An Elementary Treatise on Algebra: For the Use of Students in High Schools and Colleges
Sanborn, Carter, Bazin, 1841 - Algebra - 300 pages
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according added amount becomes bought bushels called cents coefficient common consequently contain decimal denominator difference Divide dividend division divisor equal equation example exponent expression extract factors figures Find formula four fourth fraction given gives greater greatest hand Hence hundreds Indicate integral interest known least length less letter logarithm manner mean Moreover Multiply negative obtain Operation performed period polynomial positive preceding progression proportion quantity question quotient raised ratio reducing remainder Remark represent Required result rods root rule second power second root separated share shillings similar square Substitute subtracted Suppose tens third power third root transposing twice units unknown quantity whole yards
Page 48 - Divide the coefficient of the dividend by the coefficient of the divisor.
Page 139 - Multiply the divisor, thus augmented, by the last figure of the root, and subtract the product from the dividend, and to the remainder bring down the next period for a new dividend.
Page 124 - What fraction is that, to the numerator of which if 1 be added, the value will be •£ ; but if 1 be adde.d to the denominator, its value will be | ? Let — denote the fraction.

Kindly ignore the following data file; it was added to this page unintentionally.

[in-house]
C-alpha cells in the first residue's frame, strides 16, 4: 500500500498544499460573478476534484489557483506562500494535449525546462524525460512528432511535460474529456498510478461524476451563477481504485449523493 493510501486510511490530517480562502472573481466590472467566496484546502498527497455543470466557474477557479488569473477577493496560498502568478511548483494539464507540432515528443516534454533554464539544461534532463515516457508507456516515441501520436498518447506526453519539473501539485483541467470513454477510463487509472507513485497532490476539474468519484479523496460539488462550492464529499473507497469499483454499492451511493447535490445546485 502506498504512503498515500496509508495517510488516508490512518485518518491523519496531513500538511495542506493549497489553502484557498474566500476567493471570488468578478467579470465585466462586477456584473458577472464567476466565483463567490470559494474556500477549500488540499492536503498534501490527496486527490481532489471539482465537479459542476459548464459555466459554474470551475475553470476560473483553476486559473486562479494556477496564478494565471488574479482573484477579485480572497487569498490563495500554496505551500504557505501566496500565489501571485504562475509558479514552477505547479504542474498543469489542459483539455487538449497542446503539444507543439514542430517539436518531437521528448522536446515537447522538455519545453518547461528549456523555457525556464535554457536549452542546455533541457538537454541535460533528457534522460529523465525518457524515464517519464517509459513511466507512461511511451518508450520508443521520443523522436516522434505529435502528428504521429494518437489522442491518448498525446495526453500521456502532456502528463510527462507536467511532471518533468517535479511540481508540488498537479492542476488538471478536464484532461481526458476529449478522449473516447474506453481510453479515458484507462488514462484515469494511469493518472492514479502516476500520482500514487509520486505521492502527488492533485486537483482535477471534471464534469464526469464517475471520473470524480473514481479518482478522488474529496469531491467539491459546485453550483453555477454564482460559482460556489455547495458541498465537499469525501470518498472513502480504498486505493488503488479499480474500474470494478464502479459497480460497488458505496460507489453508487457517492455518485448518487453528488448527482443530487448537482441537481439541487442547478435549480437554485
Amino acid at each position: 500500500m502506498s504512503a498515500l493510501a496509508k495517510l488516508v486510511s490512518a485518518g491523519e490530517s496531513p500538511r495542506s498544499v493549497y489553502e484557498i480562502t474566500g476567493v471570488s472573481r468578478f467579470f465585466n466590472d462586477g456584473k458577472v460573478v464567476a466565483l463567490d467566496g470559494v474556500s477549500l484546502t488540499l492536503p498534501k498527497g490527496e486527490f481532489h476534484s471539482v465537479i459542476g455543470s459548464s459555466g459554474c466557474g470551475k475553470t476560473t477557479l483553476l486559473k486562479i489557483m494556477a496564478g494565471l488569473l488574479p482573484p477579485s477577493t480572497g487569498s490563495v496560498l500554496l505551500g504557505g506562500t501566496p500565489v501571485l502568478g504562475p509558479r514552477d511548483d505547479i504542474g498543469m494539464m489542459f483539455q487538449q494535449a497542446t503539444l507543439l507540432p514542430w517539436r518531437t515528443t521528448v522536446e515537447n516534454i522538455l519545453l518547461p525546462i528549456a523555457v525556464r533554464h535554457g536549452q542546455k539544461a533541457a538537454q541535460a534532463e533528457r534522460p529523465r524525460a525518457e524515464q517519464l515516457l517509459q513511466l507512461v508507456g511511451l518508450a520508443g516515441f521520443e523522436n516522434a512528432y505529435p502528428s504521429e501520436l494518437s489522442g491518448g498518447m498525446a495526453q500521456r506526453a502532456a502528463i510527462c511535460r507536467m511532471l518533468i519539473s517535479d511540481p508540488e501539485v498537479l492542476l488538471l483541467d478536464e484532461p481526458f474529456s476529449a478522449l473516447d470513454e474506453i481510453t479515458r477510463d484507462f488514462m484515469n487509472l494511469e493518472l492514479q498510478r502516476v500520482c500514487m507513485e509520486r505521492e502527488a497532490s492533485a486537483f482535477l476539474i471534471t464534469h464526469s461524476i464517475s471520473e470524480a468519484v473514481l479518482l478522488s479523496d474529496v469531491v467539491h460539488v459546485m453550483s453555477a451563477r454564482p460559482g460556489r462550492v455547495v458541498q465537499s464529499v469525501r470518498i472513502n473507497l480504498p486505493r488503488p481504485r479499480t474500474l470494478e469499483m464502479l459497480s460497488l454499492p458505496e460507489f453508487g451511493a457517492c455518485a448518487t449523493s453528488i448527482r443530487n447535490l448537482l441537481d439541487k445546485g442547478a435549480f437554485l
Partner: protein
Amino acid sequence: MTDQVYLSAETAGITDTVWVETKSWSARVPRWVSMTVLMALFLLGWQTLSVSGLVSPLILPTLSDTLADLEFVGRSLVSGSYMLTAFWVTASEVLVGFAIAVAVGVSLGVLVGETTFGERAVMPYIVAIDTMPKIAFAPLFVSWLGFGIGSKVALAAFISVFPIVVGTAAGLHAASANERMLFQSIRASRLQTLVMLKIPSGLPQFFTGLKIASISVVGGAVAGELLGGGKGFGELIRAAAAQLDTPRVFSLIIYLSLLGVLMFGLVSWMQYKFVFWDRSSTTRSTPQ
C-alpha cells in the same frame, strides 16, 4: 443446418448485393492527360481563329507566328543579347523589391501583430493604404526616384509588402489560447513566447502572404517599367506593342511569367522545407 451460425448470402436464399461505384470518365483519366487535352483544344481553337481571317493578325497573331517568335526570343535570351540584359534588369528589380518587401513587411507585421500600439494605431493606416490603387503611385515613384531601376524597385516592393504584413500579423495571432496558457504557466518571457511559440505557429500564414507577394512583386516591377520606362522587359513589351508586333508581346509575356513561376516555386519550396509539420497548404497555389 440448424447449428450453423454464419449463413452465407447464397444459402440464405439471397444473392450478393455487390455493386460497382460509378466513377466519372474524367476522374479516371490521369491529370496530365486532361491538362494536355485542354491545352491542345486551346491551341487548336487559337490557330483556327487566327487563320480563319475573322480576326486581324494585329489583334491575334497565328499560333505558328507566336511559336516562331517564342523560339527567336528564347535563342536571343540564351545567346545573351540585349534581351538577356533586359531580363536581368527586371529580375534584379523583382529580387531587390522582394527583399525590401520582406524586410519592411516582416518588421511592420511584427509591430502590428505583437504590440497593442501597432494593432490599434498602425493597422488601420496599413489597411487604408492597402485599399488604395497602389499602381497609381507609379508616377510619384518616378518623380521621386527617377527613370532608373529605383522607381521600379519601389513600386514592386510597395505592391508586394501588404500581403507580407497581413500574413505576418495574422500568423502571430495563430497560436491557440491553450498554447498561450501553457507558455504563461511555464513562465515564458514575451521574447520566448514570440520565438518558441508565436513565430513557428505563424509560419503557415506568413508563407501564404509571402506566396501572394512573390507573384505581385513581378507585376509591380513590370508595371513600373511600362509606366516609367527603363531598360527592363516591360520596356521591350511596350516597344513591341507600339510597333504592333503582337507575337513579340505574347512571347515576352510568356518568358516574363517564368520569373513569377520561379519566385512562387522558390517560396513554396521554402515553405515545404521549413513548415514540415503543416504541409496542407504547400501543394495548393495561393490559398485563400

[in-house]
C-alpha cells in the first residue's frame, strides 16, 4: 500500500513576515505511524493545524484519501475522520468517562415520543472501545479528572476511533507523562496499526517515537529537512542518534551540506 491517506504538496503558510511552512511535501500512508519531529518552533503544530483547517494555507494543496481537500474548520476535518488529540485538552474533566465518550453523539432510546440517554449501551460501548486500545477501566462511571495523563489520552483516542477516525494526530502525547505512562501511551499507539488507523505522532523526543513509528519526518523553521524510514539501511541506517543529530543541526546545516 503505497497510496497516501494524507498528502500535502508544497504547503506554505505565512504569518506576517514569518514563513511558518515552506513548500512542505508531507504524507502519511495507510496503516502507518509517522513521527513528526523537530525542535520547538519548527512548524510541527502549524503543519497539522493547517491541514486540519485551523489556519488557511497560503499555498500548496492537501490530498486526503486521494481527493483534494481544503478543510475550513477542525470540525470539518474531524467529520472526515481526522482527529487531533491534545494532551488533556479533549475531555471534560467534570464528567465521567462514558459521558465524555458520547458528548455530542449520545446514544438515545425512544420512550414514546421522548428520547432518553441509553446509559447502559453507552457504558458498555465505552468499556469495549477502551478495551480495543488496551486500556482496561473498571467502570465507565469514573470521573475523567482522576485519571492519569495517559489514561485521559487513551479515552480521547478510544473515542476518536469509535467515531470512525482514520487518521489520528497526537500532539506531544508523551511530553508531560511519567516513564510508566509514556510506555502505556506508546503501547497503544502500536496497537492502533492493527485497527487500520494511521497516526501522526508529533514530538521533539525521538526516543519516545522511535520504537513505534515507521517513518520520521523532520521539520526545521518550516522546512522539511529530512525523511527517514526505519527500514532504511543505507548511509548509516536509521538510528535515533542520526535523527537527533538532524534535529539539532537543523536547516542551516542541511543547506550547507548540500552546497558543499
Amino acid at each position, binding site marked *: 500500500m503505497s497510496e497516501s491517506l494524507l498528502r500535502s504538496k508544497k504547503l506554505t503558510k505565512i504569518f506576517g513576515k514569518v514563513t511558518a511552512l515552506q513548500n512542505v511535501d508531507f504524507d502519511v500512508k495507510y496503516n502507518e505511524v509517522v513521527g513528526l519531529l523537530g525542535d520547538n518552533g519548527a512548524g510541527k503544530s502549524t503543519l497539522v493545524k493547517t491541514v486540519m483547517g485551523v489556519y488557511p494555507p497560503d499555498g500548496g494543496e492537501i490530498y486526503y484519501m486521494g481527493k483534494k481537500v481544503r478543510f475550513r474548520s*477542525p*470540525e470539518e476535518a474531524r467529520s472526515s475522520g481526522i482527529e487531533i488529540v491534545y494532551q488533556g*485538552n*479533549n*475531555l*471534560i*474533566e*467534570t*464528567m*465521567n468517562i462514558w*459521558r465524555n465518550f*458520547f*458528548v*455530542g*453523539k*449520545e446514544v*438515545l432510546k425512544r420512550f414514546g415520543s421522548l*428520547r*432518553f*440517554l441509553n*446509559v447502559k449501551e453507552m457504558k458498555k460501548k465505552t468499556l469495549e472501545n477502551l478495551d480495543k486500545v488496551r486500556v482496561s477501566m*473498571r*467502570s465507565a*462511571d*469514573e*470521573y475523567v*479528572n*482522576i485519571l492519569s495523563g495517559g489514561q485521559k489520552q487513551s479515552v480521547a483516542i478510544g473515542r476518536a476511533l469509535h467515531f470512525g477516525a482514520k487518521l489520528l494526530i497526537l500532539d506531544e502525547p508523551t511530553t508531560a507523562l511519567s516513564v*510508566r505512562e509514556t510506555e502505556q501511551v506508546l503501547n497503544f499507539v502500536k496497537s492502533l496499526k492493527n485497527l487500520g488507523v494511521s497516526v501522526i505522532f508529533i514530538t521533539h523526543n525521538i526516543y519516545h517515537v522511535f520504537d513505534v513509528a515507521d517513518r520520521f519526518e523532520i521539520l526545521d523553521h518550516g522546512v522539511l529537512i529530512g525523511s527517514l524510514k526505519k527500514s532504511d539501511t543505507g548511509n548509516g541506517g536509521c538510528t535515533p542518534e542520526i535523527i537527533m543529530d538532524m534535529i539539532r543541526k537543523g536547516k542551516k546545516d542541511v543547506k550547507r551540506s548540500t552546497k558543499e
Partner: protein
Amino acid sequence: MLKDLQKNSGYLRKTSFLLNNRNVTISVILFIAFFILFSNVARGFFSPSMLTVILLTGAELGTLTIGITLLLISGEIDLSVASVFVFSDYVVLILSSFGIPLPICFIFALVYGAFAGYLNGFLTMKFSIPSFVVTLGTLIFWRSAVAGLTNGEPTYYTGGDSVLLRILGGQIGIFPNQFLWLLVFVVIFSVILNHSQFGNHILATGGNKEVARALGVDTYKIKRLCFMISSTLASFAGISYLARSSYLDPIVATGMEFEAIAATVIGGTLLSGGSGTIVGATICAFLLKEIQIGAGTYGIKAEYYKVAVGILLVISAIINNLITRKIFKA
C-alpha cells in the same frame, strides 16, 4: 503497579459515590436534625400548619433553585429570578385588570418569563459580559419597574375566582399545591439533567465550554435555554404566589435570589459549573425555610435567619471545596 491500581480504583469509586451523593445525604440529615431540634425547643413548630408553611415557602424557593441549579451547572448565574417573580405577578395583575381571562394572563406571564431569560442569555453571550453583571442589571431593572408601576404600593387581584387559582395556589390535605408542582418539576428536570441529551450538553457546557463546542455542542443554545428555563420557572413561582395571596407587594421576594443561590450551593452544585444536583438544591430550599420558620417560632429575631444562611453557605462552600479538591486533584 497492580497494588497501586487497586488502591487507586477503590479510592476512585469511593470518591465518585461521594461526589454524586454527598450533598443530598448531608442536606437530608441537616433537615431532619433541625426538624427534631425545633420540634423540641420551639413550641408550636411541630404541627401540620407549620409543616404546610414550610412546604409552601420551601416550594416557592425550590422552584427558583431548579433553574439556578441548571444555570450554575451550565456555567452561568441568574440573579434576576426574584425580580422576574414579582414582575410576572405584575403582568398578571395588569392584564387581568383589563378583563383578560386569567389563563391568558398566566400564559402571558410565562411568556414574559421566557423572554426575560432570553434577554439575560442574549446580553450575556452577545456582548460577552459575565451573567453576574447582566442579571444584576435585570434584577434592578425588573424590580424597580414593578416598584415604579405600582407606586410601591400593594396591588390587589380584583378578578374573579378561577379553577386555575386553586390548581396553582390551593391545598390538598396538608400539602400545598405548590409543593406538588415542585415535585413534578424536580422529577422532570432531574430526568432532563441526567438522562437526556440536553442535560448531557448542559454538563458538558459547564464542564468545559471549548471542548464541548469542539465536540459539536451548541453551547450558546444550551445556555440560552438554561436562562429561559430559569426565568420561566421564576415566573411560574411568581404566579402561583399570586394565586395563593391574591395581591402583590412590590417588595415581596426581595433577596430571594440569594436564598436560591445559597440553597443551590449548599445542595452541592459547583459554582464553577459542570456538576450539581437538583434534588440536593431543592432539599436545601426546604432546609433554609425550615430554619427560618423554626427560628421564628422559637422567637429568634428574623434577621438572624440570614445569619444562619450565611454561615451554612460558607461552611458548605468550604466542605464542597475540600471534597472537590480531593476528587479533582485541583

Page 3 - If equal quantities be divided by the same quantity, or by equal quantities, the quotients will be equal. 5. If the same quantity be both added to and subtracted from another, the value of the latter will not be changed.
Page 292 - Four persons purchased a farm in company for 4755 dollars ; of which B paid three times as much as A ; C paid as much as A and B ; and D paid as much as C and B. What did each pay 1 Prob. 32. It is required to divide the number...
Page 168 - RULE. Raise the numerical coefficient to the required power, and multiply the exponent of each letter by the exponent of the required power.
Page 3 - If the same quantity or equal quantities be added to equal quantities, their sums will be equal. 2. If the same quantity or equal quantities be subtracted from equal quantities, the remainders will be equal. 3. If equal quantities be multiplied by the same, or equal quantities, the products will be equal.
Page 134 - Which proves that the square of a number composed of tens and units contains, the square of the tens plus twice the product of the tens by the units, plus the square of the units.
Page 294 - The sum of these digits is 5, and if 9 be added to the number itself the digits will be inverted.
Page 3 - If the same quantity be both added to and subtracted from another, the value of the latter will not be changed. 6. If a quantity be both multiplied and divided by another, the value of the former will not be changed. 7. Quantities which are equal to the same quantity are equal to each other.